Sermon for Annika

Sermon for 7-14-13
Text: Luke 10:25-37
Dear Annika,
Welcome to the world and to the waters of baptism.  Today promises to be a hot summer day and we’re enjoying a stretch of beautiful sunny weather after a long, cold, wet spring.  It’s so good to celebrate your baptism today. 
Today’s gospel lesson is a parable of Jesus—a story.  I find it appropriate because so much of life is about story.  Madeleine L’Engle says in her book Walking on Water, “We cannot Name or be Named without language.”  We need language and stories to tell us who we are.  You’ll learn your name, Annika, connects you to your mom, your grandma, and other women in your family who share the middle name Ann.  It’s also a Scandinavian name, which is a nod to your family’s heritage and traditions.  Your middle name, Roselle, connects you to your other grandma, whose middle name is Rose.  So from the start, when your parents named you, they wove you into the ongoing story of their families—as you begin the story of your parents’ expanding family.  No doubt you’ll hear, learn and repeat countless family stories as you grow—stories of vacations and long car trips and hiking in the mountains.  Stories of great-grandparents, recipes passed down for generations and relatives who walked to the beat of their own drums.  Maybe you’ll visit old family cemeteries—full of stories and memories—or places where your parents and grandparents used to live.  All of these stories will become your story, and you’ll learn and claim the language you’re given.
Stories will be told about you, too.  Stories of how you’re attached to your mom and don’t like to be far from her for long.  How you like to be held close and nap with your mom and dad.  How you like—demand—to be stimulated and don’t like to sit still, which connects your parents’ story to the story of so many other parents around the world who know what it’s like to walk a baby for hours around the house, bouncing and talking and singing until they’re ready to fall over.  There’s a reason why once you’ve spent a lot of time with a baby, no matter how long it’s been since you’ve held one, you’ll immediately start to bounce once a baby is put into your arms.  The story stays with us and becomes a part of us, and your parents will do this too.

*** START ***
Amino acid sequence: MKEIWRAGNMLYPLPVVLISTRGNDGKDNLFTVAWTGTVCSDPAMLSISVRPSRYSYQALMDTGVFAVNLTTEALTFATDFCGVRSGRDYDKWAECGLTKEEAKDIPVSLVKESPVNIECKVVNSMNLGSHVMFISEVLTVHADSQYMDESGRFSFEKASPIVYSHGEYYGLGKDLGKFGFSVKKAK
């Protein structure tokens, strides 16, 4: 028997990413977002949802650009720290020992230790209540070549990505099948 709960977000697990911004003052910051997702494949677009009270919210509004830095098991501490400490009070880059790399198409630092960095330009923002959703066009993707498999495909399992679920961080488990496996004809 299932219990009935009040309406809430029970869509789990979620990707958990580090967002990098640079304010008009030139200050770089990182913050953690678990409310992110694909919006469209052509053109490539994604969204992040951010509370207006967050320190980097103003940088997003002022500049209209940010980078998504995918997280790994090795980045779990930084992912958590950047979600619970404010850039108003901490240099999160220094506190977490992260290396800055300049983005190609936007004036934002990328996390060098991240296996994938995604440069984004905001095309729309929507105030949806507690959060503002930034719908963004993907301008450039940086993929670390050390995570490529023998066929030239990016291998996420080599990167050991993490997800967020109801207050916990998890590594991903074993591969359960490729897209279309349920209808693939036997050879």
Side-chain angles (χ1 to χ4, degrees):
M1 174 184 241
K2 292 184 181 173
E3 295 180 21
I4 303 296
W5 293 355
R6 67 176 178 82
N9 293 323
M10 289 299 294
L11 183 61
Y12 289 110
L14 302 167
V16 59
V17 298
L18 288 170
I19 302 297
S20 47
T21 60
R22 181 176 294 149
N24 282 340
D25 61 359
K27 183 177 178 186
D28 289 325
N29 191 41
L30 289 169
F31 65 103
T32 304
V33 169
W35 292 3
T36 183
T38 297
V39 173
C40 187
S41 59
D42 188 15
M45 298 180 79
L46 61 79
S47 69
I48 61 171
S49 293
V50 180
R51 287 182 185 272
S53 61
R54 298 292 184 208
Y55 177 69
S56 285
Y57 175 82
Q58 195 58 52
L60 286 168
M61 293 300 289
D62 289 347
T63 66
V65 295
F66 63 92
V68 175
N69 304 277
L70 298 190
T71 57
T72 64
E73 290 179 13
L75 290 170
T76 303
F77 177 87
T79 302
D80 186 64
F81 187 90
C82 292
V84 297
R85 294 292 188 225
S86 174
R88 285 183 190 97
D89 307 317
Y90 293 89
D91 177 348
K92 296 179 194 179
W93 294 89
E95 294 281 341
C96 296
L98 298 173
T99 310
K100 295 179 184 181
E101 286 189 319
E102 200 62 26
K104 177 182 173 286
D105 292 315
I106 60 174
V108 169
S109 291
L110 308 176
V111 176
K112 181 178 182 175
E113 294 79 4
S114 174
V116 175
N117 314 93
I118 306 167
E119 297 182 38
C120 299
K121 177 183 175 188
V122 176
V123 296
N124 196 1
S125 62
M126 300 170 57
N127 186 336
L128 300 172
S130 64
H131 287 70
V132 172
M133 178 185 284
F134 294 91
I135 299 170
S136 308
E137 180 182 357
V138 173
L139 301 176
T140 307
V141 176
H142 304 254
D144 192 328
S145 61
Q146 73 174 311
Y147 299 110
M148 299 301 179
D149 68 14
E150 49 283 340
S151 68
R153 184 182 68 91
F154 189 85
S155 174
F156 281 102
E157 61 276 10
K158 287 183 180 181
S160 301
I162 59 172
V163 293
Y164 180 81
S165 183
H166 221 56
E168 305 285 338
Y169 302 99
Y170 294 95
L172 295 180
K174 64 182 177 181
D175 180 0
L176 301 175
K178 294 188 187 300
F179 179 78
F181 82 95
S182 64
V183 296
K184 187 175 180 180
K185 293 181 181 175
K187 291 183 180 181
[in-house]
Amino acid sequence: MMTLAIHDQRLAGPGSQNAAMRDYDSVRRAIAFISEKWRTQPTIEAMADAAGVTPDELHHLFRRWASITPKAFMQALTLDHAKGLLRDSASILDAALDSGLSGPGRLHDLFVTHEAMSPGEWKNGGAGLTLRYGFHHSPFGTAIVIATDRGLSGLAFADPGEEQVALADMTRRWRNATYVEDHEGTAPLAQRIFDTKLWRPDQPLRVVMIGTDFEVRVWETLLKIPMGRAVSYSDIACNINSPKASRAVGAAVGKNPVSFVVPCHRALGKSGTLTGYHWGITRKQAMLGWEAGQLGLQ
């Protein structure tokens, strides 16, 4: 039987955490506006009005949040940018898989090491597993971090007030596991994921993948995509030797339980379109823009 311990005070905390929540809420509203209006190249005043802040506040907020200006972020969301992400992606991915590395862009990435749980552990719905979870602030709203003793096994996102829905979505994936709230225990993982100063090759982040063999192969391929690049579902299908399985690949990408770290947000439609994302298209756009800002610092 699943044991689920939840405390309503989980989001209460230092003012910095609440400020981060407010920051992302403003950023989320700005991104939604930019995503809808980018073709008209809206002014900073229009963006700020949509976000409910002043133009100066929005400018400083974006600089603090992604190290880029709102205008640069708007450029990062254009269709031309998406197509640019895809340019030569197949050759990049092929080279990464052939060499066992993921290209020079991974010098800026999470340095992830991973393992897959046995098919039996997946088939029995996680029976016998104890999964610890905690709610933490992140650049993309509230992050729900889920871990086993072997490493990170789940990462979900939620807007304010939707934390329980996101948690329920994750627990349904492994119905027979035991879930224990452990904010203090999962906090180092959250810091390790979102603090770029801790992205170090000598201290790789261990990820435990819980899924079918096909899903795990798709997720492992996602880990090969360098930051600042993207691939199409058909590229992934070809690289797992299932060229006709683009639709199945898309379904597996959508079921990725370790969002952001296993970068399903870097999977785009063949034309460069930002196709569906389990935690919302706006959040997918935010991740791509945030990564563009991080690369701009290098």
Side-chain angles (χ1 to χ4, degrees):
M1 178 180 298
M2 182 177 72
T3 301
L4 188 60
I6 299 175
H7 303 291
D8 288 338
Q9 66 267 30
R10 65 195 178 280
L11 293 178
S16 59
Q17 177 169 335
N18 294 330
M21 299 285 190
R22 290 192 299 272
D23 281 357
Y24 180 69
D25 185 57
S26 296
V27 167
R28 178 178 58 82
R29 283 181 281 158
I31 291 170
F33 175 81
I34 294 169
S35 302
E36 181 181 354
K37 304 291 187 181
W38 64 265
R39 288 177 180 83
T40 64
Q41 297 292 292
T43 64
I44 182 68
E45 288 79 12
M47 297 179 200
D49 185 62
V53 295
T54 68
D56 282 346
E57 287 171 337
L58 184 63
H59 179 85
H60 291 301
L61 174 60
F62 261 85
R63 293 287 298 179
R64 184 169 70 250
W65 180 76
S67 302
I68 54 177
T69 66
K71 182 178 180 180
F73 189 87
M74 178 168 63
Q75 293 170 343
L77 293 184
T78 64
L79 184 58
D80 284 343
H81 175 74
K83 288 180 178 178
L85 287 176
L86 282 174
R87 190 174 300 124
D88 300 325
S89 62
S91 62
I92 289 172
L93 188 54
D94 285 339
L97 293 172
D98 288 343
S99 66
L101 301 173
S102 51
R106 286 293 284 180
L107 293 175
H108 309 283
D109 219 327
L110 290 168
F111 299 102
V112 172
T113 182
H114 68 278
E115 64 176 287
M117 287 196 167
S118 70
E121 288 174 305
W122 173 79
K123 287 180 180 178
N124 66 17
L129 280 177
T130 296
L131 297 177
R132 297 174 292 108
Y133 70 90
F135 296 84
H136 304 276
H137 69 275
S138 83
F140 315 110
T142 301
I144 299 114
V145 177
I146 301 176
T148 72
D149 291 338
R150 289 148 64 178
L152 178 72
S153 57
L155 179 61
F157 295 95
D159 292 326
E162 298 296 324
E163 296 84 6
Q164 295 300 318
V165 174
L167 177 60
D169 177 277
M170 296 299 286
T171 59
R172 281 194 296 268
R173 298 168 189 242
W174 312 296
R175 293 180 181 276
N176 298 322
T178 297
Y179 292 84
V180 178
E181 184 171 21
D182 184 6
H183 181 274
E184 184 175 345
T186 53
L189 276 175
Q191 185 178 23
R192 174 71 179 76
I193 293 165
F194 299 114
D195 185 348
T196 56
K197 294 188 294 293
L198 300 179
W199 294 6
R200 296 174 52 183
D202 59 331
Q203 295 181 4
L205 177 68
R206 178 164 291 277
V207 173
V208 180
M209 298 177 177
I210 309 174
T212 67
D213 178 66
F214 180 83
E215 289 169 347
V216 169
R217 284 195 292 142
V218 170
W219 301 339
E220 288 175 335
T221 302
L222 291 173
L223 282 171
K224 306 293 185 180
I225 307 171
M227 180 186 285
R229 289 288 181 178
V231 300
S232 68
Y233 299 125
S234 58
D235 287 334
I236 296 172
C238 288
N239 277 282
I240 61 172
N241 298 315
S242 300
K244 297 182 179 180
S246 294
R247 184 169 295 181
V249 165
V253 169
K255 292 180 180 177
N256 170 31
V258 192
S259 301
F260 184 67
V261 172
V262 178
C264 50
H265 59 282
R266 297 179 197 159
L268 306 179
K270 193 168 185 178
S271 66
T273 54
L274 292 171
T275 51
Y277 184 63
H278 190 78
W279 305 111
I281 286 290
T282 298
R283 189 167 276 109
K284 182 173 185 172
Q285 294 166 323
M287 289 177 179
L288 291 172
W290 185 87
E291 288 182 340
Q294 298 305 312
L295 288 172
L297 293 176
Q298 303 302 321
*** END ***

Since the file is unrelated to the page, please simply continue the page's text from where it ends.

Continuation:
In baptism you receive another story.  This morning you received the waters of baptism, connecting you with the story of our God who walked with God’s people through thick and thin until God’s salvation plan had to expand to the unthinkable.  God’s word was spoken over the waters and you were named a child of God.  God’s love was so deep that God came as a baby—like you, Annika—to save the world.  God in Christ endured the cross and gave salvation to all through the resurrection.  And today God continues to save, to give faith and hope and life in the waters of baptism.  So God can write in God’s book of life, “today I baptized Annika.”  You’re now a part of the story of the baptized, those who can say, as Martin Luther did when he felt attacked by the devil, “Stop! I am baptized!”  I am a child of God.  I am loved and precious.  I am adopted and grafted onto the tree of life.  I am part of the story.  I am baptized.
Story will be a big part of your life from now on and will be the way you learn and make sense of life.  L’Engle also says that stories, like music and art, make cosmos (the Greek word for world) out of chaos.  We live in this big, crazy world full of unpredictability and suffering and vulnerability.  We live with so many unanswered questions.  Yet stories help us make sense of the chaos around us.  They give us a framework to live, a way to express ourselves, and a guide to follow.  Stories help us process all we see and hear and witness around us and sense an even bigger world.  We learn and witness the possibilities of God in story.